On one hand, you have the obvious need for quality data—paramount for marketers that yearn for laser-like precision when targeting consumers with ads. On the other, there's a regulation-driven landscape, one that's increasing in scope and aiming to thwart the status quo for reaching consumers online.
Wait … what does AMS actually do?
Much of Acxiom Marketing Solutions' capabilities have been boiled down as "ad personalization," which doesn't do it justice. The real prize for IPG CEO Michael Roth, and what sets AMS apart from other, similar companies, is its ability to aggregate, segment and model data—sometimes predictively—according to audience buckets such as demographics, interests, purchase behavior and life events such as births, a home purchase or even lifestyle changes. This is often then used for anonymous audience-based targeting and ad personalization, says Diaz Nesamoney, CEO of Jivox, a digital personalization marketing company, in an email.
"This is the real value of Acxiom," he says. "AMS, like many data providers, gets data from retail partners, public government records, surveys, websites, apps and data aggregators. The data comes from consumers who have allowed this data to be collected and used for marketing and personalization purposes."
AMS has data on more than 2 billion consumers as well as some 1,600 data experts to make sense of it.
To hear Nesamoney describe it, data and technology are the new currencies of digital marketing, and Acxiom was one of the few independent companies with a large mass of consumer data, making it extremely attractive for an outfit like IPG as it swims forward into a data-driven world.
"Data also drives AI, which will inevitably power most or all of digital marketing in the next few years whether it is for audience identification/classification, targeting, optimization or personalization, data is the new fuel that will power digital marketing," Nesamoney adds.
Acxiom Marketing Solutions was responsible for generating three-fourths of Acxiom revenue, so what prompted it to unload such a lucrative asset?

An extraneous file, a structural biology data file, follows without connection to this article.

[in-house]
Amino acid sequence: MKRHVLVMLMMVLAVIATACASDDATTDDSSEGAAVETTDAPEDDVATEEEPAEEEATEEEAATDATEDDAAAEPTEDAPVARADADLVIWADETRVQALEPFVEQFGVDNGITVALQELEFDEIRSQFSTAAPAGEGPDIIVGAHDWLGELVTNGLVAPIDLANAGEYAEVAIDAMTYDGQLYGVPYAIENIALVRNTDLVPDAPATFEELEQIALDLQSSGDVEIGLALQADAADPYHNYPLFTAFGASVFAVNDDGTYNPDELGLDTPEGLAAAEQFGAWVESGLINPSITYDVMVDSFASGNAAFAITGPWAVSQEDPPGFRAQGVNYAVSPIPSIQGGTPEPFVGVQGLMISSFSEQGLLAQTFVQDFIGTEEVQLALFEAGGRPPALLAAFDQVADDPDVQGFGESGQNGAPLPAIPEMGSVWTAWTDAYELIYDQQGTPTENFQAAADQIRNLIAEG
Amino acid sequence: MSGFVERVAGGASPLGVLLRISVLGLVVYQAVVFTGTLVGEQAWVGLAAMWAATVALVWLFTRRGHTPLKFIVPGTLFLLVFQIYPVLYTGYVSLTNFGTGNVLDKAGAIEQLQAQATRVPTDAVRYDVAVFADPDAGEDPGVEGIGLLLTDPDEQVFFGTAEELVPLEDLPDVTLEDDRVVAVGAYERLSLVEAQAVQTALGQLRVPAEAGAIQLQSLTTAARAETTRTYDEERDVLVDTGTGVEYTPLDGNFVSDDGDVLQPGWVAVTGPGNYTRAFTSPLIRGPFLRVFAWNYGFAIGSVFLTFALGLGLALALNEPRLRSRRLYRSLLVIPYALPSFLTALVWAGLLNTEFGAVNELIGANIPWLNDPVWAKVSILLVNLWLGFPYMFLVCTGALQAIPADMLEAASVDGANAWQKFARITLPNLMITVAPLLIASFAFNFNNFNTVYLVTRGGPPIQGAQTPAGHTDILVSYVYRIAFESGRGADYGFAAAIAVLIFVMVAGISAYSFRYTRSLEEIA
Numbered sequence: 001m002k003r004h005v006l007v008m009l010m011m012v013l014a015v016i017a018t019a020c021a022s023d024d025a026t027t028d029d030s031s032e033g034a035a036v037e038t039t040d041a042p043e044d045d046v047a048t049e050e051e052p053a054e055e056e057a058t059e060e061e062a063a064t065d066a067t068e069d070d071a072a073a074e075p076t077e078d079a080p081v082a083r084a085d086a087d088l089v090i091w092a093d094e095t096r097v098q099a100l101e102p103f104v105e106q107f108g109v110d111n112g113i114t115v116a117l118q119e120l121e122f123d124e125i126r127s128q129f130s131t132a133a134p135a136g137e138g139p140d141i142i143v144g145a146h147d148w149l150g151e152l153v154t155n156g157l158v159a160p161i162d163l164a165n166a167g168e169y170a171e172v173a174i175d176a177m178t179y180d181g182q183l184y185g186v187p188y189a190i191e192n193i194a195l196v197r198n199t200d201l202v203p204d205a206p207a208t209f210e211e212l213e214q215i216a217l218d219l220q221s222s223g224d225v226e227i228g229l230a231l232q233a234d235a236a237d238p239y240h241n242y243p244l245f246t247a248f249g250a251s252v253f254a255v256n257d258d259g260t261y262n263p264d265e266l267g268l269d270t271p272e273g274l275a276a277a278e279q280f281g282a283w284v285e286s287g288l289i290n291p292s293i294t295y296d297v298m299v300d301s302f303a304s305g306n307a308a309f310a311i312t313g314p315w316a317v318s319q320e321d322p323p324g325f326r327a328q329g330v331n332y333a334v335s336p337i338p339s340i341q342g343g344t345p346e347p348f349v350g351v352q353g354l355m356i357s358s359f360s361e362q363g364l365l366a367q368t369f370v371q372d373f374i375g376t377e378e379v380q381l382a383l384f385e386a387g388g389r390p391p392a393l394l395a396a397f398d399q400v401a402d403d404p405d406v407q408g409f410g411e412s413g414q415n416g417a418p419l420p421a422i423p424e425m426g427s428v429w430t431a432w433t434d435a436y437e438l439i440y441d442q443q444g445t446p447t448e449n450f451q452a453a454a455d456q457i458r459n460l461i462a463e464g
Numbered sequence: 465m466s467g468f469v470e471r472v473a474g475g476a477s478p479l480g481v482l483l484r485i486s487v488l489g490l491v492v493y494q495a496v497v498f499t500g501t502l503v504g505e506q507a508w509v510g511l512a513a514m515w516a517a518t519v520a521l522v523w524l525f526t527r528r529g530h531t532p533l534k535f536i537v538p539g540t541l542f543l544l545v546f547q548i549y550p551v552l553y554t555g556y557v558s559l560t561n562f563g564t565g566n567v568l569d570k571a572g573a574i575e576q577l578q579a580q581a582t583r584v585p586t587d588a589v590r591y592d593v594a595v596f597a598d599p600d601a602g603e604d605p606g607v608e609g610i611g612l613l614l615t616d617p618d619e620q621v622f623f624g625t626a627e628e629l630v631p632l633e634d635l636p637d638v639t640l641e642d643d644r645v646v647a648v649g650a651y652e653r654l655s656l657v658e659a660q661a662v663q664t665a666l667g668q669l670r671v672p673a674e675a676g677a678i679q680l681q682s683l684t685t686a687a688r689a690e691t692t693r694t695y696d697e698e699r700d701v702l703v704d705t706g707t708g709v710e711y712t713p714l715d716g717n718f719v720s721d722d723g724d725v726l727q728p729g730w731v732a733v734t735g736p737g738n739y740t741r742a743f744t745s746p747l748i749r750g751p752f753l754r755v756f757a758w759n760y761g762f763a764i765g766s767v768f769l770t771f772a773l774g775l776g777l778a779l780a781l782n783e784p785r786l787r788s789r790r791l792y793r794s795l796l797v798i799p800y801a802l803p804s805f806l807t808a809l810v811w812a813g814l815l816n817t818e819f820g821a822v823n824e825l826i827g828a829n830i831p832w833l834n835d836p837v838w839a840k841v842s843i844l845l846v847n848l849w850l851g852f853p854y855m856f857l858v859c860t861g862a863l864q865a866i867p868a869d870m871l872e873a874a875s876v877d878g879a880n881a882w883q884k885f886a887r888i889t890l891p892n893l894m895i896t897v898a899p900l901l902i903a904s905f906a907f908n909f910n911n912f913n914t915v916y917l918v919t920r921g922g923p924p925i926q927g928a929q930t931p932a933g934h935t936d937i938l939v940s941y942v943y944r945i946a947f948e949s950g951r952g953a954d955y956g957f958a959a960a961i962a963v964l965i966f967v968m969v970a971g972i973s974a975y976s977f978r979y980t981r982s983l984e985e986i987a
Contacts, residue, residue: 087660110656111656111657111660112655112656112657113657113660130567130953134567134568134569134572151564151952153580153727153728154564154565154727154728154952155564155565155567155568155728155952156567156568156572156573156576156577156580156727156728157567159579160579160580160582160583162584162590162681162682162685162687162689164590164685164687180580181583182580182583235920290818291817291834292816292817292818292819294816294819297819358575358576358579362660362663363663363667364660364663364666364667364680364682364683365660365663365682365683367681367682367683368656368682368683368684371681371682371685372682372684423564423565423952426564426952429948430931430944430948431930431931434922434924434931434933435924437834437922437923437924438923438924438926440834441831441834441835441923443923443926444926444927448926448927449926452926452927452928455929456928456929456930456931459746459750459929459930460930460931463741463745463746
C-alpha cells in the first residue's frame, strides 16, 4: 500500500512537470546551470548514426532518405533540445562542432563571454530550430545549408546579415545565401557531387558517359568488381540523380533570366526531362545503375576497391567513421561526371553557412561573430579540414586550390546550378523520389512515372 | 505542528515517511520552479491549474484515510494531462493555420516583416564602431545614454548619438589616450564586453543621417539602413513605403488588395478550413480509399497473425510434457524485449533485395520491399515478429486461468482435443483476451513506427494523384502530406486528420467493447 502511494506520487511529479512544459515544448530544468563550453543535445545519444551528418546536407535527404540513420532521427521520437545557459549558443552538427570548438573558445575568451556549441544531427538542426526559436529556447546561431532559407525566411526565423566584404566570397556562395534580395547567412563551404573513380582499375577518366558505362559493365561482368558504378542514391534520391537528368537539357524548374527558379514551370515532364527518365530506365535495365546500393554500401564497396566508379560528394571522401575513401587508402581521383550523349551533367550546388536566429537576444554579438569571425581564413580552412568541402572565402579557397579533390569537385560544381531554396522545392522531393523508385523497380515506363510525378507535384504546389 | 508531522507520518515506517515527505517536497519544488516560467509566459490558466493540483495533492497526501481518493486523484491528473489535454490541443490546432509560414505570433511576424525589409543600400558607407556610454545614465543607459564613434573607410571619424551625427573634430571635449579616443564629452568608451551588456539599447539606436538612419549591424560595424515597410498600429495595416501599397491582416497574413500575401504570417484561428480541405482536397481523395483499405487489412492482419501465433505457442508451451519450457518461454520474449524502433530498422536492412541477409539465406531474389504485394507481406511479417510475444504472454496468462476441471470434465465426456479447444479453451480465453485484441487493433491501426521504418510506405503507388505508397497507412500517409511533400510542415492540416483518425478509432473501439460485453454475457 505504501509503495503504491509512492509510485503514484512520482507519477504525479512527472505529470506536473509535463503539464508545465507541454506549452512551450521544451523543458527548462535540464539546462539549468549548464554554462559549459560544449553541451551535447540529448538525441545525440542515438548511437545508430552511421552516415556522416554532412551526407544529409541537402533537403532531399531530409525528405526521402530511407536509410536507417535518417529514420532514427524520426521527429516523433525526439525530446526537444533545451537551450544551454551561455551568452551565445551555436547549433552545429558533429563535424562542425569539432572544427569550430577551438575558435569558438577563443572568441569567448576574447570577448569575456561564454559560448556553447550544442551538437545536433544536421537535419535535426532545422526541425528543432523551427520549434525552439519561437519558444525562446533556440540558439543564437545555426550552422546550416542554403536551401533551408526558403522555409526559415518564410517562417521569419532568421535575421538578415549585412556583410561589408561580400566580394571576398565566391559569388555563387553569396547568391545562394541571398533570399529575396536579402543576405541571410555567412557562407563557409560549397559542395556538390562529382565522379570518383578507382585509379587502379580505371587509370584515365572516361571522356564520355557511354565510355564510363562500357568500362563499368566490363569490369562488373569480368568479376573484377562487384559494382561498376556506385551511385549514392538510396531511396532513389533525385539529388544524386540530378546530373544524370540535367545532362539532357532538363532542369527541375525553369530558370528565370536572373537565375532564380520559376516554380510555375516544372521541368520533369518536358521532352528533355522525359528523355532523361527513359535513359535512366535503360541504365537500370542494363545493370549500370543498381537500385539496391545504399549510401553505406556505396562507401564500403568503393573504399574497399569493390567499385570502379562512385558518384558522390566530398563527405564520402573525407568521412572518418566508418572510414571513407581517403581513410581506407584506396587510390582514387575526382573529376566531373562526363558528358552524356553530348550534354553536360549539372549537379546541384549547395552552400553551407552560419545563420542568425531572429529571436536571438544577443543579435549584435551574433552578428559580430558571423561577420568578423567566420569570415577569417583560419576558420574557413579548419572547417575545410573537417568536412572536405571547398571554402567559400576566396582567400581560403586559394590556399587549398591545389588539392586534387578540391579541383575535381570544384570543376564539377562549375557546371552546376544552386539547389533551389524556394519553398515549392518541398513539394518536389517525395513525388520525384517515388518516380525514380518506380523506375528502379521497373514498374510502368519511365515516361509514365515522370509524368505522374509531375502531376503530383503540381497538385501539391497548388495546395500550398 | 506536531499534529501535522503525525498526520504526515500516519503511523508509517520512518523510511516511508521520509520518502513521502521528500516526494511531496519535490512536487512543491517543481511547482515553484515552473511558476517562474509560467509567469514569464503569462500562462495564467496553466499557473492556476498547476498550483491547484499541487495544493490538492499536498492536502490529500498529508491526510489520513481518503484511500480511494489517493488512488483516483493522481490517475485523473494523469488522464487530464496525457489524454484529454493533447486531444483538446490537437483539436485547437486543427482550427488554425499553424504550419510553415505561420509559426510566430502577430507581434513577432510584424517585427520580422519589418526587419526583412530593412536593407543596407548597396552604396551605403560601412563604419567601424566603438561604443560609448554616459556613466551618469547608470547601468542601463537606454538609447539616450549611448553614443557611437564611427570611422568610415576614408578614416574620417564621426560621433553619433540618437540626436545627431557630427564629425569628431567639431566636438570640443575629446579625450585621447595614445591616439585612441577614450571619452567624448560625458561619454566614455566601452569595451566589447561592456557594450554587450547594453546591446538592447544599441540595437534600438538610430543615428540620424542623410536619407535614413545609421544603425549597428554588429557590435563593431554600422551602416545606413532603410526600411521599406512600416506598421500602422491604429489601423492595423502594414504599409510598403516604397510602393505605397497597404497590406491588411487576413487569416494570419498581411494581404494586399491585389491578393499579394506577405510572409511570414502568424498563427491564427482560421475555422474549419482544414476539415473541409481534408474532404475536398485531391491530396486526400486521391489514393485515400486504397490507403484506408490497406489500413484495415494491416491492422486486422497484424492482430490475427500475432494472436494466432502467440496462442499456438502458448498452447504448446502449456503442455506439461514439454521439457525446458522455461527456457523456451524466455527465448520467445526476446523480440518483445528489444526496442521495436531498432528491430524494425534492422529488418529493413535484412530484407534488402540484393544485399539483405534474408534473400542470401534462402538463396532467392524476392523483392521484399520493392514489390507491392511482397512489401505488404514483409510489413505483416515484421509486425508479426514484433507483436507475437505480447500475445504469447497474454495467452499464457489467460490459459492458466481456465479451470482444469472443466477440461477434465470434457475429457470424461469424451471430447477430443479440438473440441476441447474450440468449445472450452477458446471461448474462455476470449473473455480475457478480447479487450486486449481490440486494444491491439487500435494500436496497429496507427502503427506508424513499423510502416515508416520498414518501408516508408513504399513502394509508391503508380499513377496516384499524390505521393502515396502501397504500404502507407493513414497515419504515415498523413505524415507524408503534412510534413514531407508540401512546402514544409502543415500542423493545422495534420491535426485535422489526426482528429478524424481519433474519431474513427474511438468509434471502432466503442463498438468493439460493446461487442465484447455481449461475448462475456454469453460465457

The standard practices for data collection are indeed under siege: The European Union's General Data Protection Regulation and California's Consumer Privacy Act are just two recent examples of the new rules reshaping the field.
Under California's recently approved law, for example, consumers will be able to tell a publisher or retailer to purge all their data. That applies to any business that operates in California, whether that's Amazon, Target or The New York Times.
"In a world of tightening consumer data privacy regulation—and justifiably so—data is the new currency in the information society," says Tony Katsur, senior VP of platforms at Nexstar Digital. "Data is not going to go away, but if you look at the horizon for the next several years, it will be turbulent for folks that own data as an asset."
As Katsur says, the next few years for data owners will be rocky, not an ideal condition for a public company such as Acxioim, and that's likely what prompted it to sell AMS. A major holding company such as IPG, which has a large, diversified portfolio of businesses, can weather that storm. So long-term, "data is here to stay," Katsur says. "It will have greater value. We will not see data's demise in the next 10 years."
The bigger risk for IPG
Although AMS will provide significant value over the long term for IPG, the bigger issue at hand is the operational risks, Katsur says. "Agencies historically don't have data science and technology in their DNA. Full stop, they just don't," he says. "This will require ongoing R&D, and holding companies haven't shown they are willing to double down on technology or capital expenditures."
The good news: Operational difficulties are solvable, while general market trends are not. Any hurdles IPG faces can be solved through investing in technologists, experts and by continuing to invest in its platform, Katsur says.